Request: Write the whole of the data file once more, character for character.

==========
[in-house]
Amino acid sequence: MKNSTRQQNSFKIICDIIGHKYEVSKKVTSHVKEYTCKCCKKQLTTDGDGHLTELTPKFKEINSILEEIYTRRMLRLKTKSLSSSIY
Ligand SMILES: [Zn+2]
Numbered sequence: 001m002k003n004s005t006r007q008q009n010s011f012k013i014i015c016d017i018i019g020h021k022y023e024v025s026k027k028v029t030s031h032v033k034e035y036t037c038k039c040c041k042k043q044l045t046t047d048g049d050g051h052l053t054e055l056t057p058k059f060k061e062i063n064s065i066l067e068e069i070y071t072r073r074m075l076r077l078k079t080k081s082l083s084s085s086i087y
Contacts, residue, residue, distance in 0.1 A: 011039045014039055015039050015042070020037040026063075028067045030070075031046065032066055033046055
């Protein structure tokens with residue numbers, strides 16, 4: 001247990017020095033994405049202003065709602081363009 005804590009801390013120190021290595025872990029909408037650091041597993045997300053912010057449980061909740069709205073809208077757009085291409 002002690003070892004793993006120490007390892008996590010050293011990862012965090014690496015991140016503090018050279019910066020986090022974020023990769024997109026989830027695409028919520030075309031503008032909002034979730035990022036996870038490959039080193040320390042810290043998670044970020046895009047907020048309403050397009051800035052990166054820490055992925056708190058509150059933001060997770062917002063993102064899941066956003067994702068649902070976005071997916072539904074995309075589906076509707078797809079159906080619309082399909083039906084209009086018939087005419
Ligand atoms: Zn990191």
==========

[in-house]
Amino acid sequence: MKNSTRQQNSFKIICDIIGHKYEVSKKVTSHVKEYTCKCCKKQLTTDGDGHLTELTPKFKEINSILEEIYTRRMLRLKTKSLSSSIY
Ligand SMILES: [Zn+2]
Numbered sequence: 001m002k003n004s005t006r007q008q009n010s011f012k013i014i015c016d017i018i019g020h021k022y023e024v025s026k027k028v029t030s031h032v033k034e035y036t037c038k039c040c041k042k043q044l045t046t047d048g049d050g051h052l053t054e055l056t057p058k059f060k061e062i063n064s065i066l067e068e069i070y071t072r073r074m075l076r077l078k079t080k081s082l083s084s085s086i087y
Contacts, residue, residue, distance in 0.1 A: 011039045014039055015039050015042070020037040026063075028067045030070075031046065032066055033046055
């Protein structure tokens with residue numbers, strides 16, 4: 001247990017020095033994405049202003065709602081363009 005804590009801390013120190021290595025872990029909408037650091041597993045997300053912010057449980061909740069709205073809208077757009085291409 002002690003070892004793993006120490007390892008996590010050293011990862012965090014690496015991140016503090018050279019910066020986090022974020023990769024997109026989830027695409028919520030075309031503008032909002034979730035990022036996870038490959039080193040320390042810290043998670044970020046895009047907020048309403050397009051800035052990166054820490055992925056708190058509150059933001060997770062917002063993102064899941066956003067994702068649902070976005071997916072539904074995309075589906076509707078797809079159906080619309082399909083039906084209009086018939087005419
Ligand atoms: Zn990191």